by Donna Martinez
Senior Writer and Editor, John Locke Foundation
I’ve written previously about Gallup polling data and analysis that shows President Biden is losing the support of the American people. Here are my thoughts on the data from about two weeks ago, followed by a key paragraph excerpted from Gallup:
If you’re the president, you’re likely most concerned about where support is declining. It’s not among Republicans, most of whom have already rejected the Biden view of the world and policy choices. The loss is among the president’s own party and those who leaned his way in 2020 (emphasis is mine):
Currently, 90% of Democrats, 12% of Republicans and 48% of independents approve of the job Biden is doing. His ratings among Democrats and independents are the lowest to date among those groups. The new poll marks the first time he has less-than majority approval among independents.
Now take a look at this chart, with data sourced to the new Quinnipiac poll. Look closely at the dark red bars, which signify “disapproval August 2021,” which is up in most categories compared to May 2021. There is no doubt that the American people are questioning their vote for Mr. Biden.
It’s also important to note that the chart above is part of a larger presentation by Doug Sosnik. Axios has the presentation and describes it this way (emphasis is mine):
Doug Sosnik — senior adviser to the Brunswick Group, and White House political director for President Bill Clinton — is out with a new deck, being shown first to Axios AM readers, warning his party how hard it’ll be to hang onto its House and Senate majorities in next year’s midterms:
Among the fascinating analysis is this reference to North Carolina. Yes, we will again play a major role in who controls the U.S. House and the U.S. Senate (emphasis is mine).
- 94 out of 100 U.S. senators are of the same party as the presidential candidate who carried their state in 2020
- 419 out of 435 members of the House (96%) are of the same party as the presidential candidate who carried their district in 2020
- In the Senate there are 7 states that will likely determine control: Arizona, Georgia, New Hampshire, Nevada, North Carolina, Pennsylvania and Wisconsin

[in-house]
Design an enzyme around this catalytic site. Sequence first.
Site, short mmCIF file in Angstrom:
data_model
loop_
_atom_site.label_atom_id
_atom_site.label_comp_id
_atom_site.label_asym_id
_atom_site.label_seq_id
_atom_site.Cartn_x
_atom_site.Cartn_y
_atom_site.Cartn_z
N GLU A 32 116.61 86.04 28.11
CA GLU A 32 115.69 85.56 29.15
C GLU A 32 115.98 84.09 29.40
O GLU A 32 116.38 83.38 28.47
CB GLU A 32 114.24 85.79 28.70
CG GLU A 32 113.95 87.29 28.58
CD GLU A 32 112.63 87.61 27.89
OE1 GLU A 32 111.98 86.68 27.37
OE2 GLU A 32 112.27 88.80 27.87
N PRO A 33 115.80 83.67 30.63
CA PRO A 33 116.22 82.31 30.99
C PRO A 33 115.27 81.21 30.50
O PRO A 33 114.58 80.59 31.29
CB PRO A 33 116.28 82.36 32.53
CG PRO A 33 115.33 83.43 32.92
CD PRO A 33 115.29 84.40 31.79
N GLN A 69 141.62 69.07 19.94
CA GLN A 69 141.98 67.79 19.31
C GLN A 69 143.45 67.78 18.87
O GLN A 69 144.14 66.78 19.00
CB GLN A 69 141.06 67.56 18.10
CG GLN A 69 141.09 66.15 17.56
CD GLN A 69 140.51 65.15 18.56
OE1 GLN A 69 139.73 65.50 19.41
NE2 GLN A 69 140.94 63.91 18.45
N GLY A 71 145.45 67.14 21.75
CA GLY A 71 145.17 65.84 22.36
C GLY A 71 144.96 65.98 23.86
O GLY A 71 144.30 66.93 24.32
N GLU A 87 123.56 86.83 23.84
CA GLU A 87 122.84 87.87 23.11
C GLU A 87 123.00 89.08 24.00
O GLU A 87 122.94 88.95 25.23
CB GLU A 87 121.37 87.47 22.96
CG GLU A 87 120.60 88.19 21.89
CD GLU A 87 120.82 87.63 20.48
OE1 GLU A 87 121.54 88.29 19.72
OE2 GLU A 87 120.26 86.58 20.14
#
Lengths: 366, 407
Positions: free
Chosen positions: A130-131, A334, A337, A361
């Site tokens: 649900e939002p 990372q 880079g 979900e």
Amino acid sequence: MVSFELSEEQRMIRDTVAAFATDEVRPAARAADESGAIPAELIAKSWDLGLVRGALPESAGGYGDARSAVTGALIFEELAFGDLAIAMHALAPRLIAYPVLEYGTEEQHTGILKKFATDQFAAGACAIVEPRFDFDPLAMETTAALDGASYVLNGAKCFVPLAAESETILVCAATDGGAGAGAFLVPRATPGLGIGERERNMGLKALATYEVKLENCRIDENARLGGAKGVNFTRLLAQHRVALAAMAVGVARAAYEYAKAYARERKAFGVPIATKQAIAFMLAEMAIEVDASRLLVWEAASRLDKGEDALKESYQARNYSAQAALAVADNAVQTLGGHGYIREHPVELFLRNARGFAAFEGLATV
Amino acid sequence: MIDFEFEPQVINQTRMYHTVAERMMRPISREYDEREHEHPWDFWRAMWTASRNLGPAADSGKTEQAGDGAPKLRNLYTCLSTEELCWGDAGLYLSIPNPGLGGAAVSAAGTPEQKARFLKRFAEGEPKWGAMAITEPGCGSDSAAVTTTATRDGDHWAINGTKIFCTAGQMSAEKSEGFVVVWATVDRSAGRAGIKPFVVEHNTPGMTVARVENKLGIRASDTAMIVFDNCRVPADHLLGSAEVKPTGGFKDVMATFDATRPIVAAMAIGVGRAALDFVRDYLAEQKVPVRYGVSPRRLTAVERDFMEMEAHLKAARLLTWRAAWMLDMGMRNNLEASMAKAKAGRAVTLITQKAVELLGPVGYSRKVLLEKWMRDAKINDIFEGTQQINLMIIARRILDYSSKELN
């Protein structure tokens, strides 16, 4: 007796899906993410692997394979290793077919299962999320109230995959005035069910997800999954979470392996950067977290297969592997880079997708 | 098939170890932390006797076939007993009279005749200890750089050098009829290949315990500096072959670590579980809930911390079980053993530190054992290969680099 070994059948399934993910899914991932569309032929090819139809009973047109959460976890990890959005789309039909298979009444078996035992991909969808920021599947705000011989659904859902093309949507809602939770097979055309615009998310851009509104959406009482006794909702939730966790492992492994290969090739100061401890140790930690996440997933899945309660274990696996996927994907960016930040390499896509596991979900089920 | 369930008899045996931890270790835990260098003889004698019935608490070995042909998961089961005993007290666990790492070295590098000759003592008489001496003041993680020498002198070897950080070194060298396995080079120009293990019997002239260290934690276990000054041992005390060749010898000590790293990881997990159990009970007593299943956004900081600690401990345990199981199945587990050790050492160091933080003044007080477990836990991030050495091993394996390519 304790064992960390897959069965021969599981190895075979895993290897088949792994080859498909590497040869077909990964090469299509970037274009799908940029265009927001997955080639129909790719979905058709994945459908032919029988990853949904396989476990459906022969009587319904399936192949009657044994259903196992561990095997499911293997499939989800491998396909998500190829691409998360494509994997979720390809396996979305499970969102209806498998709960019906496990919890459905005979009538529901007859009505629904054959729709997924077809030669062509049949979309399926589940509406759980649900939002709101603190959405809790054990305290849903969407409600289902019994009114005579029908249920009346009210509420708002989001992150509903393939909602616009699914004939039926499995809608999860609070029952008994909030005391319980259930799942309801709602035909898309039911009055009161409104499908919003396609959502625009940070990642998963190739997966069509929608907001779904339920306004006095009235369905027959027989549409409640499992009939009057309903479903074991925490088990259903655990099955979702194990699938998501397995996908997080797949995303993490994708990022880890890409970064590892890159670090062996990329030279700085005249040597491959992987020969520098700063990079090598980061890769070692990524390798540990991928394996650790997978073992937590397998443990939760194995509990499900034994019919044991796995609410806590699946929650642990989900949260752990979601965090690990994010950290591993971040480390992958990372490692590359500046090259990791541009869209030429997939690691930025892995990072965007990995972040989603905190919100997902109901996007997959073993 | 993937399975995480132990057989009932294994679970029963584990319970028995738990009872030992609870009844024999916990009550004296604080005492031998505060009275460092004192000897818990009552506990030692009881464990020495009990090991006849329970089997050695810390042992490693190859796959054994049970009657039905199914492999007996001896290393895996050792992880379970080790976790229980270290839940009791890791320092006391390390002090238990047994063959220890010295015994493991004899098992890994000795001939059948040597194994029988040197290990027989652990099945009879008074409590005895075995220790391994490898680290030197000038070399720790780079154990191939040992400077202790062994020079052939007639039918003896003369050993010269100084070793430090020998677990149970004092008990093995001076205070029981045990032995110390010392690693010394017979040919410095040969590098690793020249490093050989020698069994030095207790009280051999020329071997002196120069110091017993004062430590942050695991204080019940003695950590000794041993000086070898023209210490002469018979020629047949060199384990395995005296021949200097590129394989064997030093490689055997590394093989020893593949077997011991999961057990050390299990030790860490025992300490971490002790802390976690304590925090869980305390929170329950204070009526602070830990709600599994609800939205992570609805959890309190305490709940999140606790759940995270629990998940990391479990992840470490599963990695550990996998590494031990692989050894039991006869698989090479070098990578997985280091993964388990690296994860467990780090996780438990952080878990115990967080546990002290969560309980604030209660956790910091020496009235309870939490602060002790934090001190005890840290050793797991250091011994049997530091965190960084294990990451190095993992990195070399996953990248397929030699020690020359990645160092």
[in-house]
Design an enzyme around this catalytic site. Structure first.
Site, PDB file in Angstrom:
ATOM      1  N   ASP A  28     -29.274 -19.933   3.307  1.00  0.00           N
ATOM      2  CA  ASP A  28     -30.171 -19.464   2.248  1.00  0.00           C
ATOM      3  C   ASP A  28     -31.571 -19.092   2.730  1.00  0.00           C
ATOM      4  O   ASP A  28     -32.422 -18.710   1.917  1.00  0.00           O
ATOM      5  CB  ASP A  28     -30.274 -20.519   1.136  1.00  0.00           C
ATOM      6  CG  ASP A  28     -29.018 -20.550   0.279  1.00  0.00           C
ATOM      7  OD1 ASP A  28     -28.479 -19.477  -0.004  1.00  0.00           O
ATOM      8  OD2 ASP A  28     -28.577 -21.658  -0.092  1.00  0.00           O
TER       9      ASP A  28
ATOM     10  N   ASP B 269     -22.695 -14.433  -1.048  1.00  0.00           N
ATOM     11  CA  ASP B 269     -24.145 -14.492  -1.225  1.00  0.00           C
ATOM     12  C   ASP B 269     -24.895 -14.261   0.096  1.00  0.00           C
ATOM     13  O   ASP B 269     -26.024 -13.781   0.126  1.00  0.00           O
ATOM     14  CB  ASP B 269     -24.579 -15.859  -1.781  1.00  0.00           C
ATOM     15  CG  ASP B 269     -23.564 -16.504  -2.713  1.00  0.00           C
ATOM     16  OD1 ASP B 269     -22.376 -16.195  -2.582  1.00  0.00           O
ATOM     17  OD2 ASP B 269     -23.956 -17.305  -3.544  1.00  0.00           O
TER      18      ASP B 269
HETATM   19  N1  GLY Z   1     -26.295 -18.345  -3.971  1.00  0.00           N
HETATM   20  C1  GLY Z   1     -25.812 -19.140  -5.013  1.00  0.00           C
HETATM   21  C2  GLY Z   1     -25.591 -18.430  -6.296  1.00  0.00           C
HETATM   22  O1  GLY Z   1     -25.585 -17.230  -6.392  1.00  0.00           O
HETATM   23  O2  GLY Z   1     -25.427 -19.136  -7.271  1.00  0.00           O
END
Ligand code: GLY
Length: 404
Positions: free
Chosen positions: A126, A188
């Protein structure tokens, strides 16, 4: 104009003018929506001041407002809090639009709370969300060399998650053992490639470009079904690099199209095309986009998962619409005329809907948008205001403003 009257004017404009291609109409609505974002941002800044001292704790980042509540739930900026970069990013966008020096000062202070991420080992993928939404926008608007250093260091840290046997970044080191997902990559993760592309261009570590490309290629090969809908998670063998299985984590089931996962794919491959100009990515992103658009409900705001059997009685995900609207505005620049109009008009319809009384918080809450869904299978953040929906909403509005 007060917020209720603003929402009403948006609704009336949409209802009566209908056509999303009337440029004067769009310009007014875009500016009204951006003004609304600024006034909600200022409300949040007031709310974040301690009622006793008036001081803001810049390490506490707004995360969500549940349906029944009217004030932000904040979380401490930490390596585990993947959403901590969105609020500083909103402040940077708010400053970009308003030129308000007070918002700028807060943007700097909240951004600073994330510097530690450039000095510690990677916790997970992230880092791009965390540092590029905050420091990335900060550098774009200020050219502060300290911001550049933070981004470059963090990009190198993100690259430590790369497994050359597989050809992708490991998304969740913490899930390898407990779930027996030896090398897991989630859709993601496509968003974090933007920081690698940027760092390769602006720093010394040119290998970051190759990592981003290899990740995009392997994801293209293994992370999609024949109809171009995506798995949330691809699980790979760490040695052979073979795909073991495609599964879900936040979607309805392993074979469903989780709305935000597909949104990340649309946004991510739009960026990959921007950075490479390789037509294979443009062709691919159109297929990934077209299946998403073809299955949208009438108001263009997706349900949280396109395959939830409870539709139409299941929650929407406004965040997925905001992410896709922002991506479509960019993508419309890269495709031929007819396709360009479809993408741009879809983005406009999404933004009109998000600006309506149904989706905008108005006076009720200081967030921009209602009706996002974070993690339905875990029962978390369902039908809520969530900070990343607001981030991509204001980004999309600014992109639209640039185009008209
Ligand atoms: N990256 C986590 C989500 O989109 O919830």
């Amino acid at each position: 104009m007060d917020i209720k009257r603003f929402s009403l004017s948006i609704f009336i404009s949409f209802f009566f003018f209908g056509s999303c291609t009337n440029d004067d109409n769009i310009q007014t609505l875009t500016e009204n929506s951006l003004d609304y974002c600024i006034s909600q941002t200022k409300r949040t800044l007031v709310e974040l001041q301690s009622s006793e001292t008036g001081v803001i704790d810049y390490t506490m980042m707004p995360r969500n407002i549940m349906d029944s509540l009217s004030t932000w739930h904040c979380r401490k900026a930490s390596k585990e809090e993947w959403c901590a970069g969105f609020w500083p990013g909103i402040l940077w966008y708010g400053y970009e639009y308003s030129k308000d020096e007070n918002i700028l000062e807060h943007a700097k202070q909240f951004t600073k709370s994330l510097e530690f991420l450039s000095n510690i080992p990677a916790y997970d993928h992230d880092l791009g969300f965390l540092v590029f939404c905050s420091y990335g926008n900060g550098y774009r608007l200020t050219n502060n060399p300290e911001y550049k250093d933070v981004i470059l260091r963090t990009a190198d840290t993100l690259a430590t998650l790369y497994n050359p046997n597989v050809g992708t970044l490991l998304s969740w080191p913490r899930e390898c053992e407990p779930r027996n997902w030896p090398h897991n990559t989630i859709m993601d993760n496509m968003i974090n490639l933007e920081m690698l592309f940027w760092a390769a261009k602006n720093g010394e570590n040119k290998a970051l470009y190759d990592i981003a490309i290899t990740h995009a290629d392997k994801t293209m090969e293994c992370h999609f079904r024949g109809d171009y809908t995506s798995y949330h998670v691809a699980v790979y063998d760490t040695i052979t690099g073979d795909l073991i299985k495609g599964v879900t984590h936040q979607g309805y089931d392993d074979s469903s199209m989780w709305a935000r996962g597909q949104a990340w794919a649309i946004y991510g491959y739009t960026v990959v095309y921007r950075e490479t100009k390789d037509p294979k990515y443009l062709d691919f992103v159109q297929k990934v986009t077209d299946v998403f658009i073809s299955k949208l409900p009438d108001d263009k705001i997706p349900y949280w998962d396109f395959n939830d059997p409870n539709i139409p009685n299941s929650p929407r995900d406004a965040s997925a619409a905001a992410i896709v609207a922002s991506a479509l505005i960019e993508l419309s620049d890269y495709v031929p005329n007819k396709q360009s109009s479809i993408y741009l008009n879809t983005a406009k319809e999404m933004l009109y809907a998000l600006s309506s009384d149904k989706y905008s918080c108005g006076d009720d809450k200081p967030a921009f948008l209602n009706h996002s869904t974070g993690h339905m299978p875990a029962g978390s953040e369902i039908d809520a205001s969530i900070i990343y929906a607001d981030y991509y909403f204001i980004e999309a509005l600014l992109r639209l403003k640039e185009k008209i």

- In the House, the outcome of the reapportionment and redistricting process in 7 states, 5 of which are controlled by Republicans, will have and outsized impact in determining control of the chamber following the midterm elections: Texas, Florida, Georgia, North Carolina, Ohio, Illinois and New York
The 2022 election represents a consequential fork in the road. The Left is now firmly in charge of the Democrat Party, as National Journal reports.
If Biden Democrats run Washington, why are Democratic leaders like Chuck Schumer (literally) embracing one of the party’s most outspoken advocates for defunding the police? The same day that Schumer lavished praise on Bush as a leader in the party, she returned the favor by telling CBS News that she needs private security for her own safety but doesn’t support funding the police to protect less-advantaged Americans.
“If I end up spending $200,000 [on private security], you know what? I get to be here and do the work. So suck it up, and defund the police has to happen. We need to defund the police and put that money into social safety nets,” Bush said.
This hypocrisy of Rep. Cori Bush is bad enough. Even worse is the alarming spending and expansion of government we’ve seen in just six months of a Biden/Harris administration. Here’s how the national debt looked in July.
Yes, Trump was a spender, but at least he reined in regulations, appointed constitutionally grounded judges, and had a keen sense of how to help rather than hurt job creators.
So what do we do to rein the federal government back in? Watch for U.S. House and U.S. Senate candidates who question the largesse and decry the growing power of the federal government.